And guess what?  The students are thriving.  They've gone from wondering where they're going to get their next meal to wondering where they're going to go to college.  The first graduating class in 2001, there were 105 graduates.  Out of that group, 104 went on to college.  The one student who didn't go to college became a Navy SEAL.  In 2002, there were 120 graduates and each and every one of them went to college.  And in 2003, they were 115 for 115--netting over $5 million in scholarships.  Not bad for a bunch of administrators and teachers dedicated to old-fashioned values like hard work and teamwork and discipline.  Once again, for good measure, that's leadership.

Okay, so what does all this have to do with the rest of us?  We're not Jesse Owens or Davis Love III.  We're not Albert Lexie or the administrators at the Frederick Douglass Academy.  So what about us?  Where is our shared ability to recognize and harness this type of leadership in our own communities, in ourselves?  Where is our responsibility to stand tall in the face of these low expectations?  For me, the answer comes in a book written almost two thousand years ago:  St. Augustine's Confessions.  It's a tough little book, written in the fifth century, but I take it with me wherever I go.  It's got a powerful message that I believe resonates here.  St. Augustine maintains that each and every one of us has a special gift, and that it falls to each and every one of us to unwrap those gifts and share them with the rest of the world.  I like that image a whole lot, because I look at gifts the like I look at stars.  have you ever seen an ugly star?  I never have.  They're all just magnificent.  You look through the telescope and see that some of them flame brightly in the night sky and some are so far off as to be nearly unrecognizable.  And every last one seems just about as special and magnificent as a thing can be, but none of them are quite the same.  That, to me, is a true gift.  We find them in the heavens, and we find them here on earth.  We find them in our friends and family, and we find them in ourselves.  And, significantly, we find them in our leaders.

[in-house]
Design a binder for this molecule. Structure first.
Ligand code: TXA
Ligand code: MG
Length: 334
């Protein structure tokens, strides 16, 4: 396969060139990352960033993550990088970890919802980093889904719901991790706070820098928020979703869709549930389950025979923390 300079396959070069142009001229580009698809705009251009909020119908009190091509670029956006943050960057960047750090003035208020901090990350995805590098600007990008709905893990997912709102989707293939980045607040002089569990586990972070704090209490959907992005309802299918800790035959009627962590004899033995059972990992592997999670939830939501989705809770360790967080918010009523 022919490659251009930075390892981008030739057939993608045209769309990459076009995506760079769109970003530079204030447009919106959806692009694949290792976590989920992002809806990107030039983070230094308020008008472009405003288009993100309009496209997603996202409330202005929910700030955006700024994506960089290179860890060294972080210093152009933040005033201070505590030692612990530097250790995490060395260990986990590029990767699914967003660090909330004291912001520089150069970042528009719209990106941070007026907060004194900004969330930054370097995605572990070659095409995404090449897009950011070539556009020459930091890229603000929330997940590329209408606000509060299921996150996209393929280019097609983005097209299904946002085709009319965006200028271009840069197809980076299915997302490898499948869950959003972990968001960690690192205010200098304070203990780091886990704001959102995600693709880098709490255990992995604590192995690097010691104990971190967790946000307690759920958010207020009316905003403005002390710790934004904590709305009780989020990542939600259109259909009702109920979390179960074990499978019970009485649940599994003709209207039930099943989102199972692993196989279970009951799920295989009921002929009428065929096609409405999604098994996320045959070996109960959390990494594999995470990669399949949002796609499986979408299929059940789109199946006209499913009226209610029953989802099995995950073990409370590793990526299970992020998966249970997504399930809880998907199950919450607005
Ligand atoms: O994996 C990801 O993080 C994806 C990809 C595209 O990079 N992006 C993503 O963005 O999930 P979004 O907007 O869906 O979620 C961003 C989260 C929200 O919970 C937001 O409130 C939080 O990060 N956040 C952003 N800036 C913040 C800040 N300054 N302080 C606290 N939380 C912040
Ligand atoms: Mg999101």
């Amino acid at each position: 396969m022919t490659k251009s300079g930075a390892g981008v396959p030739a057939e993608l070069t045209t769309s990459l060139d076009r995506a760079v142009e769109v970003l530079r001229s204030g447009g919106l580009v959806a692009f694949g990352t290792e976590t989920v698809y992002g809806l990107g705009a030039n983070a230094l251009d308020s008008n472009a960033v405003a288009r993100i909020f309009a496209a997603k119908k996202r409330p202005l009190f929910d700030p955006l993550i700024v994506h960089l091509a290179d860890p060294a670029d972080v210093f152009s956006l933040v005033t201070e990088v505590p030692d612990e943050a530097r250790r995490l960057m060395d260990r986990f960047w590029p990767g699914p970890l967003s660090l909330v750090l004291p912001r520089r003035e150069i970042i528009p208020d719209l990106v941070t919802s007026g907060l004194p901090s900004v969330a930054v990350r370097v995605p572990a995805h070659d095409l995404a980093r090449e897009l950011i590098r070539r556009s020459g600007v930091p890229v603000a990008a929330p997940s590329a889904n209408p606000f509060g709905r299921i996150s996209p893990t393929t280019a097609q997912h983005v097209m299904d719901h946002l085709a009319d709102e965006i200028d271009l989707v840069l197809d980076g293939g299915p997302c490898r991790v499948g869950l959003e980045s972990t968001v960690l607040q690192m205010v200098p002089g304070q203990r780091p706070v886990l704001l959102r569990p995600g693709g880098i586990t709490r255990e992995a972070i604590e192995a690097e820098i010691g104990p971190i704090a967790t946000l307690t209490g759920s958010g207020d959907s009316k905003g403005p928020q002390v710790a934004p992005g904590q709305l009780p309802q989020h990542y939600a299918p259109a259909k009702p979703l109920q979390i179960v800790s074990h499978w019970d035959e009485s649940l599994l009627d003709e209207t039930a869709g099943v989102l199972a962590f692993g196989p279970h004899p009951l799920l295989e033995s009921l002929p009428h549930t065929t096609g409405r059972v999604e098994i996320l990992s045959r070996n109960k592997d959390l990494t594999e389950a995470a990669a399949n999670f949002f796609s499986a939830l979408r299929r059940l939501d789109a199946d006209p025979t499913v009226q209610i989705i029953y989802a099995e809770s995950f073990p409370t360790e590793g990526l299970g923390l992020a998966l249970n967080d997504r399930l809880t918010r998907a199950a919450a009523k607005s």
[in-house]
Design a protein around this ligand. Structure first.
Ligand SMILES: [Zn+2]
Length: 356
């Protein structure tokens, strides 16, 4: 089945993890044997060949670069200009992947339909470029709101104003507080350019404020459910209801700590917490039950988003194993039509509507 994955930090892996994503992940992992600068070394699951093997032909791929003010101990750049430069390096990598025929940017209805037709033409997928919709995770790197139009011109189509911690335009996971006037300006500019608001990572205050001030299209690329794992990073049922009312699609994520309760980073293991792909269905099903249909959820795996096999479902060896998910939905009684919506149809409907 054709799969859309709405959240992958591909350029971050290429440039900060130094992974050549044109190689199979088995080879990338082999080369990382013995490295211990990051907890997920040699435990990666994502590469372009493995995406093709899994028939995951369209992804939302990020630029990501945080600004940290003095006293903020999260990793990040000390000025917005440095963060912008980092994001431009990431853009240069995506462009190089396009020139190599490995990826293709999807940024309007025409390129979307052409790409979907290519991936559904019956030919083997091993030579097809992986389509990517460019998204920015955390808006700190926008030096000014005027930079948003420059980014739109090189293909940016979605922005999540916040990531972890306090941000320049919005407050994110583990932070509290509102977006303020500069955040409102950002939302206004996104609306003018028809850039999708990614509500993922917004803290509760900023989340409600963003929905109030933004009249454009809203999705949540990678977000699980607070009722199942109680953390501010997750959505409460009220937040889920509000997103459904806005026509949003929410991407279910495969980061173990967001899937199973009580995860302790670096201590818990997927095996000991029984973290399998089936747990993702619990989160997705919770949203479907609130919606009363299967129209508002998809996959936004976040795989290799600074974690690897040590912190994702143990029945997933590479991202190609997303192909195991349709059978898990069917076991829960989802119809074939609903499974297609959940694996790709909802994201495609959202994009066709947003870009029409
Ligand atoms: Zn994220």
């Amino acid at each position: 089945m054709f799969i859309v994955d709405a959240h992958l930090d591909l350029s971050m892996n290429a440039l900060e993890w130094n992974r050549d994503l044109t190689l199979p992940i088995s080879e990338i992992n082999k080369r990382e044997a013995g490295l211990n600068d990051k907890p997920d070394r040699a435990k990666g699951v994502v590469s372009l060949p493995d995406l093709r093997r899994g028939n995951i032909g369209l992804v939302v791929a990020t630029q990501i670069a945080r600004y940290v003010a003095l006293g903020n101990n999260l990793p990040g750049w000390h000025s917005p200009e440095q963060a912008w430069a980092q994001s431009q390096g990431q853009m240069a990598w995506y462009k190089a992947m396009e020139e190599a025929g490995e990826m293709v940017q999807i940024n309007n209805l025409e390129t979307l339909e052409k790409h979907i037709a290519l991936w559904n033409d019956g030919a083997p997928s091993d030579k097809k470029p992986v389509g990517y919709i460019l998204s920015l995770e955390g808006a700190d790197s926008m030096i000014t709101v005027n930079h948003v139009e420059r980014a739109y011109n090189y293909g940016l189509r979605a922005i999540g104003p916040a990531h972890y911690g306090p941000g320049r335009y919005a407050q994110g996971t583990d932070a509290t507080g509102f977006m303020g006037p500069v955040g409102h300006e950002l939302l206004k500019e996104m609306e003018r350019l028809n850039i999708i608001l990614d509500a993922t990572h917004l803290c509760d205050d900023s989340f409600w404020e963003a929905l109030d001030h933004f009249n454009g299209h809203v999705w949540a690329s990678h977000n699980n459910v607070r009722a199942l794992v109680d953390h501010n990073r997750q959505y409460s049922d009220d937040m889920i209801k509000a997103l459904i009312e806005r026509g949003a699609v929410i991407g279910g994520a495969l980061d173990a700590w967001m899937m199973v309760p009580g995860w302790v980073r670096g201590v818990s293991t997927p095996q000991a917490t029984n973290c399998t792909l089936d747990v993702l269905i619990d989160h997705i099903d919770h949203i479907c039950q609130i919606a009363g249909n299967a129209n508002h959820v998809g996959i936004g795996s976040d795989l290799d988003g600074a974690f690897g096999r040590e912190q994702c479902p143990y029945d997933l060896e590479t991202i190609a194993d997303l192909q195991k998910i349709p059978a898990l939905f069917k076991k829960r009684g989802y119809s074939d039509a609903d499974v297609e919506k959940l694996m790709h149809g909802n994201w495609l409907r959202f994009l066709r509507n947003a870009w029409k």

Now, here's what I know, as sure as I set my pen to paper:  Discover your own gifts and you will give your life new meaning.  Find the courage to share those gifts with the rest of us and you will give all our lives new meaning.  I can't tell you what your gifts are, just as you can't pinpoint mine, but I can tell you they lie in wait.  Oh, they're out there, waiting for you to come upon them and put them to good use, and it is in the putting to good use of our unique gifts that we will rediscover our health and strength as a nation.  After all, we are all stars, in our own way.  We all shine uniquely.  We all share the power to grow and change and re-imagine the world around.  Find your gift and you will find your way.  Join a team.  Become a part of something bigger than yourself.  Throw in with all of the other stars in your community and help to form a giant constellation, built together on the back of courage and faith and determination.  And, above all, leadership.  Take charge.  If you see something happening that sets you off, rise up and do something about it.

Stand for something.
  

Kasich, former nine-time
U.S. congressman from Ohio,
speaks directly to the reader,
asking for a commitment to set
things right.  He describes a
"heat and haste" to American
life that disregards basic
values of decency and
emphasizes instant gratification
and winning at all costs.
Kasich mixes personal history
with a litany of examples of failed local and national leadership.